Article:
Updated: 04-28-2017

The minutes from the March 14-15 Federal Open Market Committee (FOMC) meeting were released today, and in our reading of them, we'd say they skewed a little more to the hawkish side of things than the dovish side of things.

Our impression on the matter flowed from a few interesting revelations in the minutes.

First, it was clear that there was more discussion about the approach to balance sheet normalization than there has been in meetings past.

To that specific end, there was an acknowledgment in these minutes that most participants judged that a change to the committee's reinvestment policy would likely be appropriate later this year provided the economy continued to perform as expected. Many participants, it was said, favored a reduction in the size of the balance sheet in a passive and predictable manner.

Additionally, most participants anticipated that gradual increases in the fed funds rate would continue as well if the economy evolved as expected, implying that a combination of rate increases and a balance sheet reduction could possibly happen simultaneously.

Secondly, in discussing the economic outlook, it struck us that there was more of an emphasis on the upside risks to members' economic projections, such as the prospect of expansionary fiscal policies, than there was to downside risks, like a significant correction in financial markets. In general, though, economic trends were discussed in a more favorable light.

There was the repeated stance that policy moves would be based on an assessment of economic and financial conditions.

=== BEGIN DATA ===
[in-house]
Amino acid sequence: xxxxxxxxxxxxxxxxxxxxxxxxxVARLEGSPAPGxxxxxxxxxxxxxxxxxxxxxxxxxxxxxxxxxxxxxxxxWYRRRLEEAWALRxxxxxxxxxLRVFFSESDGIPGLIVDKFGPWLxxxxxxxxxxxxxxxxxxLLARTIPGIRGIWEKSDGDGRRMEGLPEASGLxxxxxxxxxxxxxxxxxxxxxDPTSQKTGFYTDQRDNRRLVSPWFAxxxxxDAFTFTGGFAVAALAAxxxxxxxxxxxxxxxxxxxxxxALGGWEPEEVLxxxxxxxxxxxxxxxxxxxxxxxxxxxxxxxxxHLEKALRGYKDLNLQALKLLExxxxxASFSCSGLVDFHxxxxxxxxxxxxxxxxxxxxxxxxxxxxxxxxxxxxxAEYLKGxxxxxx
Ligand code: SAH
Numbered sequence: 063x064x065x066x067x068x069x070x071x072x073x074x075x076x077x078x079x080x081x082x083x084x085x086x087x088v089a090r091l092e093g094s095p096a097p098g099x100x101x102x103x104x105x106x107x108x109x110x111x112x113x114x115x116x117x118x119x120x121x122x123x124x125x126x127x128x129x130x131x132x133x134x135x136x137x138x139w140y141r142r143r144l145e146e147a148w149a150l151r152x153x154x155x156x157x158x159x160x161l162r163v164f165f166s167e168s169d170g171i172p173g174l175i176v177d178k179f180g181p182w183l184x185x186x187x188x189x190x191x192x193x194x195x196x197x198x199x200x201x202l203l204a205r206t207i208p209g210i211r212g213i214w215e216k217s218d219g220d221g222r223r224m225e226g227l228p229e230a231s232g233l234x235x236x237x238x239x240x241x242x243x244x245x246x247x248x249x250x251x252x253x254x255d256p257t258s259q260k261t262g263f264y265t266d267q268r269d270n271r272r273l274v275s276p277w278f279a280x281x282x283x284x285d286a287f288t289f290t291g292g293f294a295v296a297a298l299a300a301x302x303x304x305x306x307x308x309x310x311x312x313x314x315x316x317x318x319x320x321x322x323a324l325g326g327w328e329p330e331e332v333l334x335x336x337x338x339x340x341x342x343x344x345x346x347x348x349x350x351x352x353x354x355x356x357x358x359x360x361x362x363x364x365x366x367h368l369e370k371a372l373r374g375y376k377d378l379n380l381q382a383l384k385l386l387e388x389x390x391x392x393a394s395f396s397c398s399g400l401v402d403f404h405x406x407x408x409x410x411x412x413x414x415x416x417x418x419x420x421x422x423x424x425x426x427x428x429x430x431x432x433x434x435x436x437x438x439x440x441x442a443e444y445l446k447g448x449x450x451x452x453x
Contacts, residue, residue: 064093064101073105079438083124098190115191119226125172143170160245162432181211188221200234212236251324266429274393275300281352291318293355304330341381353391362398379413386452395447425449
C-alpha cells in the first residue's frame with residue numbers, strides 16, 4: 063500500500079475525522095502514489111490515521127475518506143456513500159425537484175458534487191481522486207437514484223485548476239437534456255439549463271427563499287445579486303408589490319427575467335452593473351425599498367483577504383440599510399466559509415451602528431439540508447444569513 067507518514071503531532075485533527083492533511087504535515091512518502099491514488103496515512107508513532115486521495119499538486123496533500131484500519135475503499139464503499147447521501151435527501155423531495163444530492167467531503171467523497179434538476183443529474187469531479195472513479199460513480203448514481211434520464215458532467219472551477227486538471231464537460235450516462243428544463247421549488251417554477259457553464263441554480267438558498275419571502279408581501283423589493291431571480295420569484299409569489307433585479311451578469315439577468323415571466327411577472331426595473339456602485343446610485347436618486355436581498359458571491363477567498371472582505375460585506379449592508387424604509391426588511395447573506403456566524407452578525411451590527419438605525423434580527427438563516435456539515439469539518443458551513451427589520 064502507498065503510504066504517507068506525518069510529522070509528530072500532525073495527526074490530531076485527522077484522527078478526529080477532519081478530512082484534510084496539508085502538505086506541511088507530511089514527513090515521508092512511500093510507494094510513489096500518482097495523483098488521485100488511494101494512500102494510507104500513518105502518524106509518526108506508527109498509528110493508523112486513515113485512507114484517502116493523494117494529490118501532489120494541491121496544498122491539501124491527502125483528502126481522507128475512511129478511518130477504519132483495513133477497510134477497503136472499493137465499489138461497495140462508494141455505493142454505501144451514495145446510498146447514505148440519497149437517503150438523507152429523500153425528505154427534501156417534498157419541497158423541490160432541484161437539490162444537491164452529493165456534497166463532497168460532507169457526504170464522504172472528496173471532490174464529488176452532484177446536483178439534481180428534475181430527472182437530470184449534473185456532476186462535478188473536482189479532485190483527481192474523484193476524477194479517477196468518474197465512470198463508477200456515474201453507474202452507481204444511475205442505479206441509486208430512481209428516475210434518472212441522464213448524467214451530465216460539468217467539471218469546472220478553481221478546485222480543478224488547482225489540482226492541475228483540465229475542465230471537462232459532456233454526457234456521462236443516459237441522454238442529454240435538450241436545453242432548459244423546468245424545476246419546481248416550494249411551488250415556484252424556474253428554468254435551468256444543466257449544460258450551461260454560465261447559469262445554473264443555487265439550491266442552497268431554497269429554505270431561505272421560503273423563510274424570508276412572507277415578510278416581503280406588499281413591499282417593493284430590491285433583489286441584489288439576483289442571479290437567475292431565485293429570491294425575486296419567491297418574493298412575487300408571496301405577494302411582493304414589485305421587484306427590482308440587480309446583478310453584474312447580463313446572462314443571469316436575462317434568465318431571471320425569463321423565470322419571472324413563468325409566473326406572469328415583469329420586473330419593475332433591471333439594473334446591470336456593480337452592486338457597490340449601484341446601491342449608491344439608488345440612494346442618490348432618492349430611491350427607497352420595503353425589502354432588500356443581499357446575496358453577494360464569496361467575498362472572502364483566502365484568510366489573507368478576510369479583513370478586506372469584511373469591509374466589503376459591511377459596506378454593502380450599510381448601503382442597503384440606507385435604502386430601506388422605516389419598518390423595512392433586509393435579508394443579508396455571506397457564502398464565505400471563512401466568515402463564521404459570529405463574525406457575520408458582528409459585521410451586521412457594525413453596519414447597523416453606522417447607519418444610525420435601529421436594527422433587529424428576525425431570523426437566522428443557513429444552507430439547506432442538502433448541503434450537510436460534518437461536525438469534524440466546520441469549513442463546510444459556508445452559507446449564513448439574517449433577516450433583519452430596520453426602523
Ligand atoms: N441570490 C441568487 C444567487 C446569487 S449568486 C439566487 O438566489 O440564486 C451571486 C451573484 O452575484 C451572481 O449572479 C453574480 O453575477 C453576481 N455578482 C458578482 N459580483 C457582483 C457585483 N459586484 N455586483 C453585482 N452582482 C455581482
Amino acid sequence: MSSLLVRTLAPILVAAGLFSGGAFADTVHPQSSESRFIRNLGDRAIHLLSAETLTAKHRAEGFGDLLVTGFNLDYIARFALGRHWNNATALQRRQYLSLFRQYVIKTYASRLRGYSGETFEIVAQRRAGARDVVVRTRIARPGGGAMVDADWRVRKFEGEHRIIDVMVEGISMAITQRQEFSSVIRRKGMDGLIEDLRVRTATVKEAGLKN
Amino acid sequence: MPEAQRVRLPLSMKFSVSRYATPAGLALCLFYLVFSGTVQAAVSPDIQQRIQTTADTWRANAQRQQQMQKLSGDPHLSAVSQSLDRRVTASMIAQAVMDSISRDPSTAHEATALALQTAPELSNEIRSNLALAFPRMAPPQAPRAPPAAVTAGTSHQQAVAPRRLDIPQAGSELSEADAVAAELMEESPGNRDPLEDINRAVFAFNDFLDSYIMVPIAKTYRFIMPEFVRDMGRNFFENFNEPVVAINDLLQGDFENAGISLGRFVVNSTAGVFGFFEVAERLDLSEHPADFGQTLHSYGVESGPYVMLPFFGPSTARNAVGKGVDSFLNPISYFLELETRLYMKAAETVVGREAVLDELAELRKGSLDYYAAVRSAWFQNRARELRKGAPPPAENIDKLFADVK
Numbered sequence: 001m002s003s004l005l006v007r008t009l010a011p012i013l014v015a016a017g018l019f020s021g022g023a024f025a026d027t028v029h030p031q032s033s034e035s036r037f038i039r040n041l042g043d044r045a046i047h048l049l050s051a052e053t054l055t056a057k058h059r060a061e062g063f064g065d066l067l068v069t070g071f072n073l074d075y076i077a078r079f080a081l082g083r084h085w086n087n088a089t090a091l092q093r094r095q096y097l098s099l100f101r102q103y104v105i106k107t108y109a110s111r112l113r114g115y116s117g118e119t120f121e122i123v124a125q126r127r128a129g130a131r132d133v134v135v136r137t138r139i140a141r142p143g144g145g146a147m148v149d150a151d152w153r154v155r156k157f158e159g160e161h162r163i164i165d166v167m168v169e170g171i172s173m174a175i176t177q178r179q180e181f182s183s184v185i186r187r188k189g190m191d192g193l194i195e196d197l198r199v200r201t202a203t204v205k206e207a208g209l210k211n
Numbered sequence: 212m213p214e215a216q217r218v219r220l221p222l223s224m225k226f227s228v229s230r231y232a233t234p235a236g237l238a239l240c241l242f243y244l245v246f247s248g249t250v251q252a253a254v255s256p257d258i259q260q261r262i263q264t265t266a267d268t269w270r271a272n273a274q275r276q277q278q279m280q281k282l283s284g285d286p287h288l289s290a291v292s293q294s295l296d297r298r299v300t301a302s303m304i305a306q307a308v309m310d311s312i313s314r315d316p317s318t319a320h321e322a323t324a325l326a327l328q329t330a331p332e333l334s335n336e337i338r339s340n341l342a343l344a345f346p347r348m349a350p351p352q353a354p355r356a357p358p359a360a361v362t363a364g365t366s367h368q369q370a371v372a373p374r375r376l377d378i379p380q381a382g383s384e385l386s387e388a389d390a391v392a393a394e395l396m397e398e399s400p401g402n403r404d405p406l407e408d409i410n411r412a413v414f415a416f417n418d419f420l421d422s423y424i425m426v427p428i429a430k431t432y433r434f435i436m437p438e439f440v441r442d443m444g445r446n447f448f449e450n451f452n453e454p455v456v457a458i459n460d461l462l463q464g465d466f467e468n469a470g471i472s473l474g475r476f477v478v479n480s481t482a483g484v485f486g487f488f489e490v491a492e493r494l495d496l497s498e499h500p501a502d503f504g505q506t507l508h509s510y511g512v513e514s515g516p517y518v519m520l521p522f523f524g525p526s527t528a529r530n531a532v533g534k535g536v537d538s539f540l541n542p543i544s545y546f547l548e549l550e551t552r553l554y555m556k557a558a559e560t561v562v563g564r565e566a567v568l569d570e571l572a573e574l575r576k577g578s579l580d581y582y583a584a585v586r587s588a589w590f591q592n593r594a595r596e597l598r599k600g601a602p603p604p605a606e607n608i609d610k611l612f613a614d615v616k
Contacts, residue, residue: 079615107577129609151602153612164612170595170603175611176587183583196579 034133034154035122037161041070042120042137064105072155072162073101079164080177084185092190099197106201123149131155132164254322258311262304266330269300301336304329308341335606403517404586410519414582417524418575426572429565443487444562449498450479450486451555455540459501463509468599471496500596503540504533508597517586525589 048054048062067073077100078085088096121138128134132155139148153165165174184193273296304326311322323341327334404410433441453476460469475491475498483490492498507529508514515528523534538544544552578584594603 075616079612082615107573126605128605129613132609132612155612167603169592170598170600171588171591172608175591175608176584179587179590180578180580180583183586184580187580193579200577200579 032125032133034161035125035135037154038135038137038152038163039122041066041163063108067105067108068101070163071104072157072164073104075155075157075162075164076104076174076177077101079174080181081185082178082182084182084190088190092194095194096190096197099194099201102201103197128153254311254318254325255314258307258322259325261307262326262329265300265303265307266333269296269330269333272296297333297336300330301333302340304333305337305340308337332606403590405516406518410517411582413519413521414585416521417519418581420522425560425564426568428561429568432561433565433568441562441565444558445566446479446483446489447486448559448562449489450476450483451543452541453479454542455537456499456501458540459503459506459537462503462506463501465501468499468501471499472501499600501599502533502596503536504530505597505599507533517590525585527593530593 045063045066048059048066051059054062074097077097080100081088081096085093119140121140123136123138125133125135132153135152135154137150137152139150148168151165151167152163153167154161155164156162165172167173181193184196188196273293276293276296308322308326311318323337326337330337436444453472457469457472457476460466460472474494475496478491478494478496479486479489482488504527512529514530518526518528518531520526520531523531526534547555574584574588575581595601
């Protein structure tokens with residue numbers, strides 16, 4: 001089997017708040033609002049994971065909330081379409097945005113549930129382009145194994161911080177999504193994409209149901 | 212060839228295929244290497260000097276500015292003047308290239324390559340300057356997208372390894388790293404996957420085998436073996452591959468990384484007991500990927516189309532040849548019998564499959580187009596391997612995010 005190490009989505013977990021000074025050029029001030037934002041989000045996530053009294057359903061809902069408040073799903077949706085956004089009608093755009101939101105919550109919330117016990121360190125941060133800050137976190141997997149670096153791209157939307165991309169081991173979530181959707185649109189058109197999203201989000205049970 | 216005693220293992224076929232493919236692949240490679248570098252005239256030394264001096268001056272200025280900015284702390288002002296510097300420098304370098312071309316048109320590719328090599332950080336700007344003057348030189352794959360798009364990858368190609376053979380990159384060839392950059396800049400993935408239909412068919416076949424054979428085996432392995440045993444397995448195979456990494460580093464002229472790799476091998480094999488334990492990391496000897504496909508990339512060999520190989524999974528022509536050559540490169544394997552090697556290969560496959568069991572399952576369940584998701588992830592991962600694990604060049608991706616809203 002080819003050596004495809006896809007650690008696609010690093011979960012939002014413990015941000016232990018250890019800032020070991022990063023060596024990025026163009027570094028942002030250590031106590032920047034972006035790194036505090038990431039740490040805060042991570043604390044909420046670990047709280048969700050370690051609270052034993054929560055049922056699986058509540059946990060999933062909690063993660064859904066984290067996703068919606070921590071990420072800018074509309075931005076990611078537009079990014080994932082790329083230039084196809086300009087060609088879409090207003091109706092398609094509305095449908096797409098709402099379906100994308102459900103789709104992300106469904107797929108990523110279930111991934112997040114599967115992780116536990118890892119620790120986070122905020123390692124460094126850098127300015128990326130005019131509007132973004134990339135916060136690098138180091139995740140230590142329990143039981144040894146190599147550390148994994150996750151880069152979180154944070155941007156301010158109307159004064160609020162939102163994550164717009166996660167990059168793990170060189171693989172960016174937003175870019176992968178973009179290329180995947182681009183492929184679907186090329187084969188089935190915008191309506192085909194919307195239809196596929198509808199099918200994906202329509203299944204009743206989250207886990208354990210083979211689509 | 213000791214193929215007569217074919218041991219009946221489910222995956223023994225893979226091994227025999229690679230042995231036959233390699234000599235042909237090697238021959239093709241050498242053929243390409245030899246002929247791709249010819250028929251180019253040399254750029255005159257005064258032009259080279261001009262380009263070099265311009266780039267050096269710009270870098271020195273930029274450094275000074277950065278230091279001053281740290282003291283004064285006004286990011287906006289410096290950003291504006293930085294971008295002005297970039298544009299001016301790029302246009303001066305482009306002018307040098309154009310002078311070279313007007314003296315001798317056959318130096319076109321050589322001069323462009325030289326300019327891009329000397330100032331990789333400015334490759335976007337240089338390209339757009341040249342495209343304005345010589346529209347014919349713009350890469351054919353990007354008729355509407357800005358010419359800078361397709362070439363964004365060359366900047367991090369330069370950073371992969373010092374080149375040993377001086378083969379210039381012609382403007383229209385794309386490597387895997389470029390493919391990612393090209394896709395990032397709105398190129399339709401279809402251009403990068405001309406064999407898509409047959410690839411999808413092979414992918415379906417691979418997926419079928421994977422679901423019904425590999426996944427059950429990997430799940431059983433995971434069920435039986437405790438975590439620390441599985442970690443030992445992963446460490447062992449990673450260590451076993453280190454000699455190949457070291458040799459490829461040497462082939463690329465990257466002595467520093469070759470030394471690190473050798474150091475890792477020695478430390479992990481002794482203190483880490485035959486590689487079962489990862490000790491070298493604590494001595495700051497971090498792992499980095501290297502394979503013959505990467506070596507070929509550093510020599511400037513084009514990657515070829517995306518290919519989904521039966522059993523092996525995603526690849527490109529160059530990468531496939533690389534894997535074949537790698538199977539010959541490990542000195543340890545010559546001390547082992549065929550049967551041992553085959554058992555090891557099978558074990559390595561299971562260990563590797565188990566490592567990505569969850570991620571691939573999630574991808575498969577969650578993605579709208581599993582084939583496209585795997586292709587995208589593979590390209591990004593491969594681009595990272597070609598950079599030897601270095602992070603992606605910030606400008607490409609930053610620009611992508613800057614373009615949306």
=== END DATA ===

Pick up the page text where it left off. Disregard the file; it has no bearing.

It was the view of participants at the meeting that financial conditions remained accommodative, although it caught the attention of the stock market that "Some participants viewed equity prices as quite high relative to standard valuation measures... [and] It was observed that prices of other risk assets, such as emerging market stocks, high-yield corporate bonds, and commercial real estate, had also risen significantly in recent months."

There shouldn't have been anything too jarring in the view from some Fed officials that equity prices are quite high relative to standard valuation measures since many market pundits have been making the same observation for months (if not years). Nonetheless, it has the potential to resurrect valuation concerns in a new light considering it is being expressed by some Fed members at a time when almost all Fed members seem to see a path -- gradual though it might be -- to higher policy rates.

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